So many practices out there are willing to train you on-the-job. If you are looking for a career in healthcare, ophthalmology will get you there!

Martin O. COT

In 2012, I took my grandmother to our local eye clinic to see her glaucoma eye doctor. During her appointment I noticed that the clinic staff was training a new hire. I was very interested in seeing that someone was getting trained on the job instead of going to school for it. I asked if they were hiring and applied the same day. Three days later, I interviewed at the clinic and was offered the job at the end of the interview! I’ve always had an interest in the medical field, but I didn’t think I could work in it without experience.

I started at this clinic as a lane assistant, then became a lane technician, and once I excelled in that position, I became an ophthalmic assistant. I was very fortunate to work for a clinic that encouraged me to keep growing. I had a lot of support from the practice and the doctors to get certified; my employer paid for my study materials, the independent self-study, and for me to take the Certified Ophthalmic Assistant (COA) Examination. From the day I was hired, it took me three years to obtain my COA certification. I took the time to study and to make sure I was prepared for the examination before applying. I have now worked my way up to a Certified Ophthalmic Technician (COT) and will be taking the examination to become a Certified Ophthalmic Medical Technologist (COMT) this year.

I am passionate about encouraging others to get certified, to continue to grow, and to discover a career that will allow them to provide for their family. Certification helps me to be more confident in what I am doing and shows patients that I have the knowledge and training to help them. Knowledge is power!

I am now working at a retina practice where they are supporting me with the resources I need to train my co-workers and to help prepare them to sit for the certification examination. I believe that this a great opportunity for them to reach their full potential. I am so grateful and fortunate for the opportunity they are giving me to help others. I am also instructing at a local training program to prepare adults to become COAs. I have had the support of staff and doctors to get me where I am today, and I want to help support others so they too can grow in their ophthalmology careers.

Stacie D. COA

My father passed away when I was a teenager (14 years old), and my family lost everything; we were homeless for two years. Because of this, I had to drop out of high school. I gave up on doing normal things because life was so chaotic. I started working random low-paying jobs for several years, just to get by.

When I was 24 years old, I started dating my now husband, who motivated me to go back and get my GED. I started in a program that paid for enrollees to take the GED test if they worked a certain number of hours. Although it was challenging, it was life changing. I was in a very poor state; uneducated, and without much self-esteem or self-worth. Getting my GED turned out to be my catalyst for a much higher quality of life, a more positive outlook for myself, and a better attitude allowing me to think more about what I can do rather than what I can’t do.

I next connected with a local community college that offered certificate programs. I originally wanted to become a physical therapist, but I could not afford going to school and not working. I came across a short-term 10-week program to become an ophthalmic assistant. I worked with the President of the local Community College who put together a grant for me to enroll in the ophthalmic assistant program, at no cost. My goal was to complete the ophthalmic assistant courses that would give me a better paying job, and then go back to school to become a physical therapist.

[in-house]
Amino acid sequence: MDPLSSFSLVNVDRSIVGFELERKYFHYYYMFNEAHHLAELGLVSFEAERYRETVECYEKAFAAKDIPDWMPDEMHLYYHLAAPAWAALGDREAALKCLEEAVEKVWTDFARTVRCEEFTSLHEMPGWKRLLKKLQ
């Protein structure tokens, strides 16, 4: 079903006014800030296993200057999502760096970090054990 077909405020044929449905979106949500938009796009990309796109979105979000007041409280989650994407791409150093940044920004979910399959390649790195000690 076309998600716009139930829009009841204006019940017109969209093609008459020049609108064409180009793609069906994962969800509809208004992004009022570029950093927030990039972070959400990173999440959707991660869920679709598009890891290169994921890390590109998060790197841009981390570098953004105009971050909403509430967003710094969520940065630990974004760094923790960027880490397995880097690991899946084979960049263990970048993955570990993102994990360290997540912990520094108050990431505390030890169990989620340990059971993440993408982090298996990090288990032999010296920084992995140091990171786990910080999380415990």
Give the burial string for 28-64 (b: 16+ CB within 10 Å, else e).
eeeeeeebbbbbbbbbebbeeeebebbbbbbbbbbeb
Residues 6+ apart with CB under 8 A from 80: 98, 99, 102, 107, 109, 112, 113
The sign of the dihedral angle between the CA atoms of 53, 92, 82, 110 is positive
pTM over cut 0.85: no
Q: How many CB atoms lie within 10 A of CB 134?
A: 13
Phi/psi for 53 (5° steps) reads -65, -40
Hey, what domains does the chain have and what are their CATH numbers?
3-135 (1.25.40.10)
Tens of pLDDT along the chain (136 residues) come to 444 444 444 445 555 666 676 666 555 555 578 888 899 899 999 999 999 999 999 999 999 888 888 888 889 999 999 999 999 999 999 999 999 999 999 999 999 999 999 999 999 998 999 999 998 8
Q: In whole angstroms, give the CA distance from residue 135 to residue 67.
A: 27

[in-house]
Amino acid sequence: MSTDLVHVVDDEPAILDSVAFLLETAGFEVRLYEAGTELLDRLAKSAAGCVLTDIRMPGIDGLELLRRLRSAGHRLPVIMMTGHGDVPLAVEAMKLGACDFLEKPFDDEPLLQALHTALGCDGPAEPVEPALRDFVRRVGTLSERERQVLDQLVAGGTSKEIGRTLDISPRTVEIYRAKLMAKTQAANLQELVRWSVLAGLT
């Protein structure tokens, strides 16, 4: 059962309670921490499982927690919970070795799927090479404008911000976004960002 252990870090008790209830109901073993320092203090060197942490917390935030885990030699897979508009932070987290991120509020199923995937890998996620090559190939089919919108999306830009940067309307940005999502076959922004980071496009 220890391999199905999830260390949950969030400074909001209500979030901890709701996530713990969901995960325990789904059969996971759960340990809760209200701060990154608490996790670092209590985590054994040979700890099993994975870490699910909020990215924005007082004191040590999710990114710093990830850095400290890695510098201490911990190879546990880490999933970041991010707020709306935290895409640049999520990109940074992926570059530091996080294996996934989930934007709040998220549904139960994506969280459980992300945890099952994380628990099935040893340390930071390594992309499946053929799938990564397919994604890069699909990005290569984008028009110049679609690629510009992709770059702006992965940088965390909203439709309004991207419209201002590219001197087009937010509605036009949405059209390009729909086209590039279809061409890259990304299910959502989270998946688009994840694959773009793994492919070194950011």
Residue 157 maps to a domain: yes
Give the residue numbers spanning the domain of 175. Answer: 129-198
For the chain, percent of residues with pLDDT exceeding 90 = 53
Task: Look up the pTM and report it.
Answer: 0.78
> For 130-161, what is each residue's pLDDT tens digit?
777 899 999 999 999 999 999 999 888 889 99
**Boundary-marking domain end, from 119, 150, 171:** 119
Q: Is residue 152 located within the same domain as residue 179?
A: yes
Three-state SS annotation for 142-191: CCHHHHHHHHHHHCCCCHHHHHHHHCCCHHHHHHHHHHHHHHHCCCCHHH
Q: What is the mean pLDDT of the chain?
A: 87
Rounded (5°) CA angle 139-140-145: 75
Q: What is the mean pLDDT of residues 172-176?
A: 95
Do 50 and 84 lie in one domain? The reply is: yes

Instead, I fell in love with ophthalmology! I have been at the same practice for 9 years and have been certified since 2015. The most rewarding part of this profession to me is connecting with patients. I work in a retina clinic where we see a lot of blindness and fear, so being able to provide compassion to my patients is extremely rewarding.

If you are thinking about a career in ophthalmology, just do it! Do not second-guess yourself; believe in your capabilities. I went from making minimum wage at a job I dreaded to a career that I love!

Valentina W. COA

I am originally from Italy. I received my high school diploma and spent two years in pharmacology school at the University of Pisa. When I moved to the United States, my education was not recognized. I took English as a second language class, and then prepared myself to take the GED test.

After receiving my GED, I moved to Washington State and worked several little jobs here and there. In 2002, my sister was working in an ophthalmology clinic, and a position became available for me to work there filing charts. I was very fascinated with the ophthalmology field and would frequently visit the clinic to see what types of things they were doing. One of the doctors took me under his wing and trained me on-the-job to become an ophthalmic assistant.

In this field, you are always learning. I really enjoy the daily variety and career opportunities that this profession has offered me, and I take pride in my work. Many of the ophthalmologists I have worked with throughout the years really valued and encourage(d) me to continue to learn and grow. A few years ago, I sat for the examination to become a Certified Ophthalmic Assistant (COA), the entry level certification for the field. My next step is to become a Certified Ophthalmic Technician (COT).

If you are considering a career as an ophthalmic assistant, go for it! Becoming a COA is one of the best things that has ever happened to me. This is a great field and profession, and we are in demand!